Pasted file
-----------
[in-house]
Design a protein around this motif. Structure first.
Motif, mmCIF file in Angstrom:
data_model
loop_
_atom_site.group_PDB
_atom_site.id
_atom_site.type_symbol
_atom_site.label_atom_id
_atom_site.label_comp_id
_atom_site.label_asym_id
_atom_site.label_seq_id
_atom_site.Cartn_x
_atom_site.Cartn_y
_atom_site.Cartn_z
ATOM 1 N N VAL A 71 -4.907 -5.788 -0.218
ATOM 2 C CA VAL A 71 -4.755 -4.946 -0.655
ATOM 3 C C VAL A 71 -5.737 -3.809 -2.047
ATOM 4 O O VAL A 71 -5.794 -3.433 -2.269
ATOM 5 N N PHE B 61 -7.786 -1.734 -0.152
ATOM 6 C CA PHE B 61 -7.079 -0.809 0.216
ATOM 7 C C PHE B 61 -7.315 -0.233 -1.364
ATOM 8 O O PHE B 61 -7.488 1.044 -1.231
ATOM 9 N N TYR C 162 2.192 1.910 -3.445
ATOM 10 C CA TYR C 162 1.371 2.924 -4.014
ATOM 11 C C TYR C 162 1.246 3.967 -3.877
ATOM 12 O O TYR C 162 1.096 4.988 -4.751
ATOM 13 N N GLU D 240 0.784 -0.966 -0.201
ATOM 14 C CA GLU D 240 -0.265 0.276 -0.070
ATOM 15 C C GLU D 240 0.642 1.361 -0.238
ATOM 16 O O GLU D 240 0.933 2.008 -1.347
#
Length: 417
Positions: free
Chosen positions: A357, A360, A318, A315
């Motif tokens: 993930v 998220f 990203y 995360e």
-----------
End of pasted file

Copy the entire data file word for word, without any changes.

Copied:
[in-house]
Design a protein around this motif. Structure first.
Motif, mmCIF file in Angstrom:
data_model
loop_
_atom_site.group_PDB
_atom_site.id
_atom_site.type_symbol
_atom_site.label_atom_id
_atom_site.label_comp_id
_atom_site.label_asym_id
_atom_site.label_seq_id
_atom_site.Cartn_x
_atom_site.Cartn_y
_atom_site.Cartn_z
ATOM 1 N N VAL A 71 -4.907 -5.788 -0.218
ATOM 2 C CA VAL A 71 -4.755 -4.946 -0.655
ATOM 3 C C VAL A 71 -5.737 -3.809 -2.047
ATOM 4 O O VAL A 71 -5.794 -3.433 -2.269
ATOM 5 N N PHE B 61 -7.786 -1.734 -0.152
ATOM 6 C CA PHE B 61 -7.079 -0.809 0.216
ATOM 7 C C PHE B 61 -7.315 -0.233 -1.364
ATOM 8 O O PHE B 61 -7.488 1.044 -1.231
ATOM 9 N N TYR C 162 2.192 1.910 -3.445
ATOM 10 C CA TYR C 162 1.371 2.924 -4.014
ATOM 11 C C TYR C 162 1.246 3.967 -3.877
ATOM 12 O O TYR C 162 1.096 4.988 -4.751
ATOM 13 N N GLU D 240 0.784 -0.966 -0.201
ATOM 14 C CA GLU D 240 -0.265 0.276 -0.070
ATOM 15 C C GLU D 240 0.642 1.361 -0.238
ATOM 16 O O GLU D 240 0.933 2.008 -1.347
#
Length: 417
Positions: free
Chosen positions: A357, A360, A318, A315
């Motif tokens: 993930v 998220f 990203y 995360e």